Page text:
Heading up the high street, we spotted another of Monmouth’s fine drinking establishments, in the form of the “King’s Head”, which lies just opposite the main Town Square/Shire Hall. The pub opened as a Coaching Inn in the 17th century, and eventually became a large hotel, which expanded to incorporate two other buildings:
- Former County Club: Shown on the right, it was built in 1875 to designs by Thomas Henry Wyatt (1807 – 1880, Architect from Ireland).
- Former Monmouth Bank: Located on the left and completed in 1840. This was the first addition to the King’s Head, during the 19th century, whilst the County Club was only taken over around 1995.
Together the three buildings now form one large complex, a fine addition to the many historic buildings that line the town square, which is known as “Agincourt Square”. The name commemorates the famous victory at the Battle of Agincourt by King Henry V (1387 – 1422) in 1415, as Henry was actually born at Monmouth Castle in 1387.
Moving into Agincourt Square itself, we got a fantastic view of the beautiful Georgian Shire Hall, designed by an architect called Philip Fisher from Bristol in England. It opened in 1724, and became the new home of the Quarter Sessions (Courts in England/Wales that met four times a year) and the Assize Courts, which took over the more serious cases from the Quarter Sessions. Both of these (along with their counterparts around the rest of the country) were later replaced by the Crown Court in 1972.
Before we arrived in Monmouth, we had visited the city of Newport, and learnt about the Chartist Uprising which occurred in 1839, known as the “Newport Rising”. The Chartists were a large group campaigning for better rights for the working man, and culminated in a confrontation against the Armed Forces at Newport’s Westgate Hotel. One of the main leaders of the Rising was John Frost (1784 – 1877) who was captured and put on trial here at Monmouth Shire Hall, before being sentenced to be Hung/Drawn/Quartered, the last such punishment ever given out in England & Wales.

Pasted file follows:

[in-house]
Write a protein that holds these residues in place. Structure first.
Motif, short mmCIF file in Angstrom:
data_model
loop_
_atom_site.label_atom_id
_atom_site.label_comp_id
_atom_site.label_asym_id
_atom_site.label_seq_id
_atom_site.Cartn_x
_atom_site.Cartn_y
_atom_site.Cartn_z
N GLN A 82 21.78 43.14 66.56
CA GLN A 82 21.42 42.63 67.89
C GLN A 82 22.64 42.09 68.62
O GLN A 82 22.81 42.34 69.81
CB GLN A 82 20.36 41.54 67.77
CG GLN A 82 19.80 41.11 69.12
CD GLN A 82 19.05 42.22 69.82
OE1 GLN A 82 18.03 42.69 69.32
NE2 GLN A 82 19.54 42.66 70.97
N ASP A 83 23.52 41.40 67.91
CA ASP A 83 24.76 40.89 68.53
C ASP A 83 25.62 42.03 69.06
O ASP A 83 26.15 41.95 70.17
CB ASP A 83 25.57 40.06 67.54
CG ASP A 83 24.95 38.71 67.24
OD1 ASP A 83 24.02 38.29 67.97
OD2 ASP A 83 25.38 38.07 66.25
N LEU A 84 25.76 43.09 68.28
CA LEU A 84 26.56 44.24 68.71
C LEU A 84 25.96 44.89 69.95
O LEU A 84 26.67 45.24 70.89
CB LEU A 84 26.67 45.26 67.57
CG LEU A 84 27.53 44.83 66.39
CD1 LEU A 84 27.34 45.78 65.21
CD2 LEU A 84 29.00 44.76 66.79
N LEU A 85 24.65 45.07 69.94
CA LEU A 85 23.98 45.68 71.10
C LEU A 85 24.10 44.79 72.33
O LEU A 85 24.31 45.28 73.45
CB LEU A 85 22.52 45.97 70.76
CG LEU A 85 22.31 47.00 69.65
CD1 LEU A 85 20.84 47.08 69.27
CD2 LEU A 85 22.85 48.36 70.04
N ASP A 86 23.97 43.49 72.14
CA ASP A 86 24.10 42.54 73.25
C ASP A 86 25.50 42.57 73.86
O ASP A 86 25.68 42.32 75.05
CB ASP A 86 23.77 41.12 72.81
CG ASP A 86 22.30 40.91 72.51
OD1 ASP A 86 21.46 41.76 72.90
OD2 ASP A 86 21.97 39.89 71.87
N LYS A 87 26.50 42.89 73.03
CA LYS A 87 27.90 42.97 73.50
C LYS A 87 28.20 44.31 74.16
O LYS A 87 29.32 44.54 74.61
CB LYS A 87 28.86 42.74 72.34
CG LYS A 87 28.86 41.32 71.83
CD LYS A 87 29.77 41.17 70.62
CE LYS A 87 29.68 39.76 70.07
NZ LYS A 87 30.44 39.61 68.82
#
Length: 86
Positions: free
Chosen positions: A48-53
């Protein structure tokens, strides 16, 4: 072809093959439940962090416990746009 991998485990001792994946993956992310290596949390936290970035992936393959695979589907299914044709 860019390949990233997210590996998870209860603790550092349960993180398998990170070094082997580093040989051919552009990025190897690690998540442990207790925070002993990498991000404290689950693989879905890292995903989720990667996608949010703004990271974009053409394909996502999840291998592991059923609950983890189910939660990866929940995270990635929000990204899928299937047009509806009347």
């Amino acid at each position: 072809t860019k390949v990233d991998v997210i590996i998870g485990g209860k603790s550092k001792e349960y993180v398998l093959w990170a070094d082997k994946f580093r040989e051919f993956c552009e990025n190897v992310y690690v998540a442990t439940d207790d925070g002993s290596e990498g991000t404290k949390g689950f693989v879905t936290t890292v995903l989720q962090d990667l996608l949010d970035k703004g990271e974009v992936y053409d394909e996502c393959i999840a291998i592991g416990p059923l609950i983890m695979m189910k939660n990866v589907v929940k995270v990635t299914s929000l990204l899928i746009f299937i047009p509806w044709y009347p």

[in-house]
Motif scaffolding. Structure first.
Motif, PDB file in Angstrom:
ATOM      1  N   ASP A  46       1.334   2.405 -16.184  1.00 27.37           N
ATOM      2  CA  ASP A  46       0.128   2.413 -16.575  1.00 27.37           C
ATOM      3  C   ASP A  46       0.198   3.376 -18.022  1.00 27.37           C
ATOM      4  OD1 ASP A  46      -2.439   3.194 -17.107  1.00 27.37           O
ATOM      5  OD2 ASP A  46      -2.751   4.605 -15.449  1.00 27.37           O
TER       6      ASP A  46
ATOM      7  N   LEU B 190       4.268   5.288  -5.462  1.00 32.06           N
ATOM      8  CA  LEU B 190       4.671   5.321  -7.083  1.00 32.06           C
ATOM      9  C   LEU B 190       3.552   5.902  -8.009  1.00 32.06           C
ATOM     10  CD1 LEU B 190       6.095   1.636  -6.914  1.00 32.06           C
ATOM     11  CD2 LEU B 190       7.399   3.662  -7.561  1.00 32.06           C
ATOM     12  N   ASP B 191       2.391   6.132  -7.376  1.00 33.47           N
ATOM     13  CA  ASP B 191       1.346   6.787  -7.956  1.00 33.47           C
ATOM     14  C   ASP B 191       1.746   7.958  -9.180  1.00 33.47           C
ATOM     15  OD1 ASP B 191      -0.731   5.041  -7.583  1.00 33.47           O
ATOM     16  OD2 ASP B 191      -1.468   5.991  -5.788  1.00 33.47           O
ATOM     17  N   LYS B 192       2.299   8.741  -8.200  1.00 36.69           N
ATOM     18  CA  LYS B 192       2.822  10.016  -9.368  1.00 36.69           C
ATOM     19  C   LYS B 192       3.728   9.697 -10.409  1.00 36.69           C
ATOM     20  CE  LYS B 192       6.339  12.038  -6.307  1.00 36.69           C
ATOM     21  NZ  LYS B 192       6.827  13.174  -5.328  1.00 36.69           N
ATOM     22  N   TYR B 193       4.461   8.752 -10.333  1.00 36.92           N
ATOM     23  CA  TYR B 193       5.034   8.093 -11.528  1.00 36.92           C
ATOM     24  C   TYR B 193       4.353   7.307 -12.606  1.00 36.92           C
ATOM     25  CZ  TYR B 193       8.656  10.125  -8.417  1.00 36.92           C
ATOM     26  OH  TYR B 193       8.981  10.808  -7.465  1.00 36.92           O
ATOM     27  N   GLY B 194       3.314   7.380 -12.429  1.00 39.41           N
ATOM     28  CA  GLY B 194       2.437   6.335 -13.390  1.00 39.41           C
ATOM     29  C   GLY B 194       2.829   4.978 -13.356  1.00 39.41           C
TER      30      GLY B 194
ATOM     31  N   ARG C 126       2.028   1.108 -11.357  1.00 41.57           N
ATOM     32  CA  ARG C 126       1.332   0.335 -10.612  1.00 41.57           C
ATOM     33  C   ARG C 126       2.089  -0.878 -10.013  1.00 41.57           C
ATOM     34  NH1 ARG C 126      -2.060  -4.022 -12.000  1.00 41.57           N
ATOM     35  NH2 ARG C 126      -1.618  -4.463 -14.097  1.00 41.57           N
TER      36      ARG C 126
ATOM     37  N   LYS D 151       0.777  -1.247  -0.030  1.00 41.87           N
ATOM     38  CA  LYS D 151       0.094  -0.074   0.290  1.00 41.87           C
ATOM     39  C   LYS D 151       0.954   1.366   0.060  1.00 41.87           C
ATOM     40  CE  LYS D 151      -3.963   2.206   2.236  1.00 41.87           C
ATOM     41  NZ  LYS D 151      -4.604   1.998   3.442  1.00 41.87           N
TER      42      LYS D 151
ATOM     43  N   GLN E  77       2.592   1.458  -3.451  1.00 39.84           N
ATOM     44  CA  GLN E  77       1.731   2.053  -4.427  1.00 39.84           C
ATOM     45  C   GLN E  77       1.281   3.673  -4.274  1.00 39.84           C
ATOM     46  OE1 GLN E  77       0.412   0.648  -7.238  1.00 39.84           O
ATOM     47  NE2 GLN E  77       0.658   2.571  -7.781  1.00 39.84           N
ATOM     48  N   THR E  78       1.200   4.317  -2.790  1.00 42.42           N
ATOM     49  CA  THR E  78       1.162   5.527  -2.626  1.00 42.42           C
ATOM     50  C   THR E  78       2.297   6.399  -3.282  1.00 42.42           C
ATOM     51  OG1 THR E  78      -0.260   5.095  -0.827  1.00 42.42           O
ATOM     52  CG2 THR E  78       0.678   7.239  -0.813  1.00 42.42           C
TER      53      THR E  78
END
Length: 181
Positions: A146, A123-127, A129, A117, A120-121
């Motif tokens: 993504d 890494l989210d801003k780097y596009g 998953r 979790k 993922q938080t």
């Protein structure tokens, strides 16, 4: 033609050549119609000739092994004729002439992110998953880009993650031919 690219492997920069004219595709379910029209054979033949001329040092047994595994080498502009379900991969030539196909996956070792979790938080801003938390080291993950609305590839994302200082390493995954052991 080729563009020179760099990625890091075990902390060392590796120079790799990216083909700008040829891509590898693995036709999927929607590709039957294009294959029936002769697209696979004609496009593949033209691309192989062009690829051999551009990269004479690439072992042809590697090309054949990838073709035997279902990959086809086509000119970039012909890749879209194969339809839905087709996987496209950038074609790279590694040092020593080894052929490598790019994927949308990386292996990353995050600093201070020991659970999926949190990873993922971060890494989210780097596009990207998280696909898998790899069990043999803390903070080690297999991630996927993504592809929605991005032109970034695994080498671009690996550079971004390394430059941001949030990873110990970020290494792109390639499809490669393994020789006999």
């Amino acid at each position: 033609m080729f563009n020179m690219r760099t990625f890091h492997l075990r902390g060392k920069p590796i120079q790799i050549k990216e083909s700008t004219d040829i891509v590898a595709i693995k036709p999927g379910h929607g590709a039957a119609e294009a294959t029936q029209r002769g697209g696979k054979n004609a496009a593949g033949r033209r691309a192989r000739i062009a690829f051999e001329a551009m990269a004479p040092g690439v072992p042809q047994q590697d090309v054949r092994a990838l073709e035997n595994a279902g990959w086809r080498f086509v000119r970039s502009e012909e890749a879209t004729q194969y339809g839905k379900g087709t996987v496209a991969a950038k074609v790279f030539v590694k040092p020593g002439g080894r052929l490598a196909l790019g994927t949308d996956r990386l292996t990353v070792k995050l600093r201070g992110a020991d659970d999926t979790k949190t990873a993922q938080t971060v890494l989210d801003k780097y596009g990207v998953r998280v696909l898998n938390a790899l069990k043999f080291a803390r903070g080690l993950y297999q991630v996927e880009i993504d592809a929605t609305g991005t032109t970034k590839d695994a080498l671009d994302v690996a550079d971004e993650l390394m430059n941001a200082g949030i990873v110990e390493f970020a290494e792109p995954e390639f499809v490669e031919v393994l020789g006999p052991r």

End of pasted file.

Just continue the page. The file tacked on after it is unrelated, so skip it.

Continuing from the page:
Today the Shire Hall is home to a Tourist Info Centre, and the offices of Monmouth Town Council. Despite Monmouth being the traditional county town of Monmouthshire, the County Hall has been located in Usk since 2013, having moved from Cwmbran in the neighbouring Torfaen Borough.
Above the main entrance to the Shire Hall stands a statue of the aforementioned King Henry V from 1792, one of the shorter reigning English monarchs. He was only 25 when he died of dysentery in France, having swung the 100 Years War between England/France into an English Victory at Agincourt. He was recognised by the French as their heir apparent, and his son Henry VI (1421 – 1471) would become King of Northern France until 1453.
Another famous son of Monmouth is also immortalised in statue form in the square, shown over to the right. It is in fact Charles Stewart Rolls (1877 – 1910), who famously founded the Rolls-Royce Car Company with Henry Royce (1863 – 1933) in 1906. Despite the fact that Charles Rolls was actually born in London, his family’s ancestral home was a large country house called “The Hendre” just outside Monmouth, and he spent much of his childhood there.
Rolls was sadly killed at the age of just 35 (just 10 years older than Henry V) when the tail of the Wright Flyer he was piloting fell off, and the plane crashed near Bournemouth. Despite his death, he did gain one final honour, the very first person in British history to be killed in a plane crash, as air travel was just taking off (no pun intended!).
The “King’s Head” lies at the square’s Southern end, whilst it’s counterpart, another Inn called “The Punch House” sits opposite, at the Northern end. It dates back to the mid 18th century, and similar to the King’s Head/Overmonnow House, it was founded as a Coaching Inn, called the “The Wine Vaults”. It was later renamed The Punch House in 1896, and sat alongside another pub called “The Black Bull” which sat directly to it’s right, however the two merged into one building in the 1990’s under one name.
The Spire of St Mary’s is visible in the near distance, located at the top of a small, quaint shopping street, the entrance to which you can see on the left. Monmouth is a very pleasant town, with plenty of interesting and varied looking buildings, each of which has it’s own unique history.
Our last stop during our exploration of Monmouth was a short climb up Castle Hill, to the Regimental Museum opposite the Castle Ruins. The Museum is located in one of Monmouth’s grandest buildings, the fantastic “Great Castle House”, built on the former site of the Castle in 1673, by Henry Somerset (1629 – 1700, 3rd Marquess of Worcester, Duke of Beaufort, and Member of the English House of Commons).
Presumably after his death, in 1700 the Assize Courts moved in for the next few decades, until a new, permanent home in the form of the Shire Hall was completed. After this various uses were found for the House, from Judges Lodgings to a Private Girls School, until the Royal Monmouthshire Royal Engineers (then known as the Militia Regiment) took up residence in 1853.